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Steve Kerr details 2 ‘bad habits’ Warriors need to correct on Tolbert & Copes



© Kelley L Cox | 2023 Jan 7

At the halfway mark of the season, the Warriors are 20-21. They own the league’s worst road record as they embark on a five-game trip. 

Golden State has lost three in a row, with defeats coming to the lowly Magic and Pistons, plus the Suns without Chris Paul, Devin Booker and DeAndre Ayton. 

The Warriors had been without Andrew Wiggins and Stephen Curry for significant time, but the defending NBA champions have had serious issues. 

Head coach Steve Kerr, joining Tolbert & Copes Wednesday night, shared some of the “bad habits” the team needs to shake to get back on track. 

“I’m worried about what aren’t good habits right now,” Kerr said. “Can we turn those bad habits into solid ones? One of those is rebounds. We must’ve missed 10 box-outs last night. And inevitably, what happens is you fight like crazy throughout a defensive possession and then you don’t finish it with a box-out and they get a putback. It just sucks the life out of you. The big guys are down there battling, they hang their heads, they’re looking out at the guards like ‘what are you guys doing? Are you going to take part in any of this?’ So you lose that connection. It’s really the little things that add up.” 

In the Suns’ 125-113 win, they out-rebounded GSW by 12. Curry, Klay Thompson and Andrew Wiggins combined for one defensive rebound.

The other habit Kerr said he hopes Golden State will break is their poor spacing. That element is surprising given the Warriors employ Stephen Curry, Klay Thompson, Jordan Poole and Andrew Wiggins. GSW ranks first in both 3-pointers made and attempted this year. 

“We’ll continue to harp on those things and try to get better with them,” Kerr said. “We’ve got to get there. I’m very confident that we can, because we’ve done it for many, many years with this group. But this year, it’s been harder for a number of reasons.” 

Golden State doesn’t have to worry about its passing, as it leads the NBA in assists per game. 

Although Kerr didn’t mention it specifically when detailing his team’s bad habits, the Warriors’ effort may be the biggest thing they need to fix on a nightly basis. They’ve ramped it up against teams like the Celtics and Grizzles, but are 0-4 against the Magic and Pistons.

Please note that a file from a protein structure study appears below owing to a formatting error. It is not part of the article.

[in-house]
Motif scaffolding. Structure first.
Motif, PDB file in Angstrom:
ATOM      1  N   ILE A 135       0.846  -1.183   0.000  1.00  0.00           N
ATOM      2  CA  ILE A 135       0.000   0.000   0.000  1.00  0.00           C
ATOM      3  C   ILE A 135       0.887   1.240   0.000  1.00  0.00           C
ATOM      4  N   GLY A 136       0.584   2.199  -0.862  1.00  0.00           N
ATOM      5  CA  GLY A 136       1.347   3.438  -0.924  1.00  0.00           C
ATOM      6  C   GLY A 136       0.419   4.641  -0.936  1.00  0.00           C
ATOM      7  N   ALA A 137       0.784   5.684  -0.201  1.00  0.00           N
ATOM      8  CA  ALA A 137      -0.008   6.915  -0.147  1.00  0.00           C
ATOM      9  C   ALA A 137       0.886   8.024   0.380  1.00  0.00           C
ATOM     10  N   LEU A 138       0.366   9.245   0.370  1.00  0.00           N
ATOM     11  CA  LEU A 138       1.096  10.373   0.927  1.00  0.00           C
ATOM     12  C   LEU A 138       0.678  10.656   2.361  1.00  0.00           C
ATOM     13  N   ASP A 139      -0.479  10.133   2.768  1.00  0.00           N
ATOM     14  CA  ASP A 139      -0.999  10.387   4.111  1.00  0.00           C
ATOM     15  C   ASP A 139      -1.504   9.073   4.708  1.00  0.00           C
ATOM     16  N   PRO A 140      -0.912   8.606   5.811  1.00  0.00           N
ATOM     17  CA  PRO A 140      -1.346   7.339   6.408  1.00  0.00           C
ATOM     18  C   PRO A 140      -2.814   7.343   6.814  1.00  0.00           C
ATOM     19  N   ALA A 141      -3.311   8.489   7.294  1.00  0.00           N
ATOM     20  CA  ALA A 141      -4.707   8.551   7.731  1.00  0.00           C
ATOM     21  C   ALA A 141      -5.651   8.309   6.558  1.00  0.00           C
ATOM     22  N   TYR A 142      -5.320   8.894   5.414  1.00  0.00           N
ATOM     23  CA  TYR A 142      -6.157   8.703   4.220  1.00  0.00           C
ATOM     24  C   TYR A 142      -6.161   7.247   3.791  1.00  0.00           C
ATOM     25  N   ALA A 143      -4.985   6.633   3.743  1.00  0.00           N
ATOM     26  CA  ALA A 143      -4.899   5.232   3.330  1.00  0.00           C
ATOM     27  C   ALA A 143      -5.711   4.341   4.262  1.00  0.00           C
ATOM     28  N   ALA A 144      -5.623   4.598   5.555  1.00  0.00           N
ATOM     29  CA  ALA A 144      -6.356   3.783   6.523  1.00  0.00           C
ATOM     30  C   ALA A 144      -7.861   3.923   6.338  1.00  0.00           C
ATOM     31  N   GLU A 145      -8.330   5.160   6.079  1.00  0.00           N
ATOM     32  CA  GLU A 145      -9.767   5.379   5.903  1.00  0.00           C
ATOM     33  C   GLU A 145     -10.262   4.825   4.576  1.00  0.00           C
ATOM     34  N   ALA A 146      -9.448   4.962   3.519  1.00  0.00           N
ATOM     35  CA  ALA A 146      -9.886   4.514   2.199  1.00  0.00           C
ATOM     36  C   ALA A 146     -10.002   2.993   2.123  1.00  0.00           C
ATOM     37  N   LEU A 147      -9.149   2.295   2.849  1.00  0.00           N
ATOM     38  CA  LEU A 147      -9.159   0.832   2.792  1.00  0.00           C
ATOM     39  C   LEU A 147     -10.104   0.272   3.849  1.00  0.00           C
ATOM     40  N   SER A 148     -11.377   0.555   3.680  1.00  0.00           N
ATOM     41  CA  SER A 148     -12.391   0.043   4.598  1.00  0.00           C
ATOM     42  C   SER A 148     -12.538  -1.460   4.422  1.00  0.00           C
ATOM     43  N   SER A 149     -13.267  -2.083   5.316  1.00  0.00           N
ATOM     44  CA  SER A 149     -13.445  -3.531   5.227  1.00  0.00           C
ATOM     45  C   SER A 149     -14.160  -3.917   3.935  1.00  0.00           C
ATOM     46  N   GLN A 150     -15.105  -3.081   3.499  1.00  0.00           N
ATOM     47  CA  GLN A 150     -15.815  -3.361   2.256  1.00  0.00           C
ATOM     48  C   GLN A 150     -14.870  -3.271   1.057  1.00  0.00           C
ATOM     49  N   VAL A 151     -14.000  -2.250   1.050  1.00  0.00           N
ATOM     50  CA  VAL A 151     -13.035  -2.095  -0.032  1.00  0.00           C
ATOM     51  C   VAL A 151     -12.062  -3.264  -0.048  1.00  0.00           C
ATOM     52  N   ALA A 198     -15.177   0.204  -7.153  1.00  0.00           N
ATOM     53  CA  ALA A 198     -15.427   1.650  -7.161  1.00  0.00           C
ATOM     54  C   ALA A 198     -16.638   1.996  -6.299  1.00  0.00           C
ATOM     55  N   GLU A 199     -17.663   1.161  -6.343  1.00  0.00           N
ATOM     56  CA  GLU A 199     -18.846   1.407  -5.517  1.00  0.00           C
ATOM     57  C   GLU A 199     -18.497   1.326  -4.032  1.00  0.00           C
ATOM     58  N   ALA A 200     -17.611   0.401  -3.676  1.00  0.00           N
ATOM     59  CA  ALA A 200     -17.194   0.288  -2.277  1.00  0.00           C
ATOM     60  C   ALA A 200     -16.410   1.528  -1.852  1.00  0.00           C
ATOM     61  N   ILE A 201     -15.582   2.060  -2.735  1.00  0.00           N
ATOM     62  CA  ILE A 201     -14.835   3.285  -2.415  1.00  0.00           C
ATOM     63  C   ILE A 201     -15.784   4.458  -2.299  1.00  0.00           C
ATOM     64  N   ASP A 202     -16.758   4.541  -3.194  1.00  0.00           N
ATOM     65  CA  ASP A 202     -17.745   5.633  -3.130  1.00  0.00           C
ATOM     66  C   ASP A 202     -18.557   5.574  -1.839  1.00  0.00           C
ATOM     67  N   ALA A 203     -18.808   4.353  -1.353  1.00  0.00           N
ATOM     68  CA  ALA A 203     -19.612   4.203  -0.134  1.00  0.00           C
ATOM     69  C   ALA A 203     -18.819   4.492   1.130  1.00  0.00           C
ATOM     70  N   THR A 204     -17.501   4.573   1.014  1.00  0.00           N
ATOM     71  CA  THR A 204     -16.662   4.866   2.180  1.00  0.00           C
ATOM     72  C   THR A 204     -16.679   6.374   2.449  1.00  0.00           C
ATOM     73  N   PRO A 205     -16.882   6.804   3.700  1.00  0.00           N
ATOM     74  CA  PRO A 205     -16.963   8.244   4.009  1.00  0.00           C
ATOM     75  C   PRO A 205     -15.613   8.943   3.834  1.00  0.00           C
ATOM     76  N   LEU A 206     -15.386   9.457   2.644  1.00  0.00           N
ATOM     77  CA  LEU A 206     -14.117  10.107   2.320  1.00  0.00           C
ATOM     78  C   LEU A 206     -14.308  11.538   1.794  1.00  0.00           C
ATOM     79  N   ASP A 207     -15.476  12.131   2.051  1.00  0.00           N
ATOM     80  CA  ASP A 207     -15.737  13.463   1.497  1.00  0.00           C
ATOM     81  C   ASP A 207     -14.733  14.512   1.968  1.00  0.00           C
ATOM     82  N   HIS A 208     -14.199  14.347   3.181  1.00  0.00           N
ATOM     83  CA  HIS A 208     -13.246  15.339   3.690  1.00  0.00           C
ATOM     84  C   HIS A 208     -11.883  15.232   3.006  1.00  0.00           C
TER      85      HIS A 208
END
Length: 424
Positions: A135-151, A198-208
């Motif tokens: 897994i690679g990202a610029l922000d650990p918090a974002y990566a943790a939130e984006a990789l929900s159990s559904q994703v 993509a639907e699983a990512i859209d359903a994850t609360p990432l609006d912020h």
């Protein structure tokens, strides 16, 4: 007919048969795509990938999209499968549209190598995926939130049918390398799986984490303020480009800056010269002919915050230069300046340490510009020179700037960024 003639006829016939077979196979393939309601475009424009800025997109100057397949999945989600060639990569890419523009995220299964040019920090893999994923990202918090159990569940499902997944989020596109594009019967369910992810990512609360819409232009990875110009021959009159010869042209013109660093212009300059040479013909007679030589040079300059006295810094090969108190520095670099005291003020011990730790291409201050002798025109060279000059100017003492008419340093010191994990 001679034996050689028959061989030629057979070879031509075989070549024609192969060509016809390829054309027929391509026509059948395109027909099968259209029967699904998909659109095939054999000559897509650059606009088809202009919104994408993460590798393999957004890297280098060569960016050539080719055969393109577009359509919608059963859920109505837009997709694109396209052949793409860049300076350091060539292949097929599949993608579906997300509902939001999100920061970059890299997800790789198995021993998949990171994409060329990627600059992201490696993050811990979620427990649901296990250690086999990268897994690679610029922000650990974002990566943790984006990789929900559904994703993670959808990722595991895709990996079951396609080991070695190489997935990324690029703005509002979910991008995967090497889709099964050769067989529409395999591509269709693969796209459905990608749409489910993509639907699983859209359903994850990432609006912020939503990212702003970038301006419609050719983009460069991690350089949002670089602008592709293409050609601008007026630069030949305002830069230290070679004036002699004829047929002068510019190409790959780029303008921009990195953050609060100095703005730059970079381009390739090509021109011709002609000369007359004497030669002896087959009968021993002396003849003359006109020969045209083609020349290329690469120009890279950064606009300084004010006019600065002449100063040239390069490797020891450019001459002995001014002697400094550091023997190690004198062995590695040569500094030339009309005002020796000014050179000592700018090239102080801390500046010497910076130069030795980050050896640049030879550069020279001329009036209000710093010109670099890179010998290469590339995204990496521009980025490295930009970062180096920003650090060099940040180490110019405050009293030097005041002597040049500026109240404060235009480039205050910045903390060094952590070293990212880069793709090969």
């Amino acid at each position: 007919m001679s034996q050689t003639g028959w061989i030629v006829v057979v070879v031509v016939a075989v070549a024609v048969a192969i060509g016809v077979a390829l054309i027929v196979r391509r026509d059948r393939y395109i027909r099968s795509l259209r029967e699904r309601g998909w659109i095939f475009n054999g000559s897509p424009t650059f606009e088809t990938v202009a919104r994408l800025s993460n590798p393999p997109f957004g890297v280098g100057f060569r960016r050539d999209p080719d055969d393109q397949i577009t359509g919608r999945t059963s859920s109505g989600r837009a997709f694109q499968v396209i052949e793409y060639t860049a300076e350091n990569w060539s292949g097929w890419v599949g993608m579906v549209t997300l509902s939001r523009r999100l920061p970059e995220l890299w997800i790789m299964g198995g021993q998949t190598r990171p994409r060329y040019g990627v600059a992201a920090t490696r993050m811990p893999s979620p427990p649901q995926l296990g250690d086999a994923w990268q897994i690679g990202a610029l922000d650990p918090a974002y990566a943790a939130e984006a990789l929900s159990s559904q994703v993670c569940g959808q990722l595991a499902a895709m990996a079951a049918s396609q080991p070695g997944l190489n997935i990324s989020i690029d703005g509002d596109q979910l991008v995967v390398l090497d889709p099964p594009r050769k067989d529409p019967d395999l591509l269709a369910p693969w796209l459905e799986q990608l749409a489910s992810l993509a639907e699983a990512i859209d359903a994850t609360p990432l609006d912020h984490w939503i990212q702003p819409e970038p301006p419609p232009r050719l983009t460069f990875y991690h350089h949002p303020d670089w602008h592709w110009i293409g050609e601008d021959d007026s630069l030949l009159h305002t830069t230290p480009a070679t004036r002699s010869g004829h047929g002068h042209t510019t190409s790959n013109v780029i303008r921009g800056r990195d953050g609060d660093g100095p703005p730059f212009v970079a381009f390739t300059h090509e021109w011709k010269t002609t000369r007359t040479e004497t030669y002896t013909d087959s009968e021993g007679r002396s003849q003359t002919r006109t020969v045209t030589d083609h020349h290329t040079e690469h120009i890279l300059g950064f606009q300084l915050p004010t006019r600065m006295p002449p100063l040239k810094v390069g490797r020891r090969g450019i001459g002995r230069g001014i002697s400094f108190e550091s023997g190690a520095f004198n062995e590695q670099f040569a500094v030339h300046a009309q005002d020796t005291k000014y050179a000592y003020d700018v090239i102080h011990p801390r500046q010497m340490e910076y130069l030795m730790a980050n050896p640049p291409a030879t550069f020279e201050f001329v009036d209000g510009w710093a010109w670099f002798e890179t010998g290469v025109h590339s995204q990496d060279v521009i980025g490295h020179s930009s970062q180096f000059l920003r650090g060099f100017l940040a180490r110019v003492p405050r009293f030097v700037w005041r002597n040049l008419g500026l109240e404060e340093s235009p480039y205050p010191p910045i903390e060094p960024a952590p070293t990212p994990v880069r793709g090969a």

Against the Suns, the Warriors appeared to coast for the first 45 minutes or so before mounting a fiery comeback in the closing minutes. Their late-game effort included full-court pressure against a Phoenix team that had no healthy guards. 

Perhaps that moment will be a turning point. 

“We really have had moments during the season where it’s like, alright, the switch has to be flipped,” Kerr said. “Now it has to be the time. And we just haven’t responded to that. But last night did feel different in a lot of ways. Like I thought the fourth quarter, even though it was chaotic and frenetic, it was a reminder, like yes: don’t think, just go compete.” 

Kerr took responsibility for not getting his team ready to perform against the Suns. Simply competing more consistently should solve many of Golden State’s deficiencies. Effort, after all, is the driving force behind things like boxing out. 

Veteran teams, especially ones following championship seasons, have been known to drift in and out of regular seasons. 

“When you’re winning, it doesn’t seem that hard to win an NBA game. When you lose a few, you’re reminded just how hard you have to play for 48 minutes, and how many things you have to do to earn a victory. And we’re just not doing enough of those things. That’s been the story all season. That’s why we’re 20-21.” 

Listen to the full interview below. You can listen to every KNBR interview on our podcast page at knbr.com/podcasts or wherever you listen to podcasts.

Catch Tolbert & Copes weekdays from 2 p.m. – 6 p.m. on KNBR 104.5 / 680 and streaming live on KNBR.com.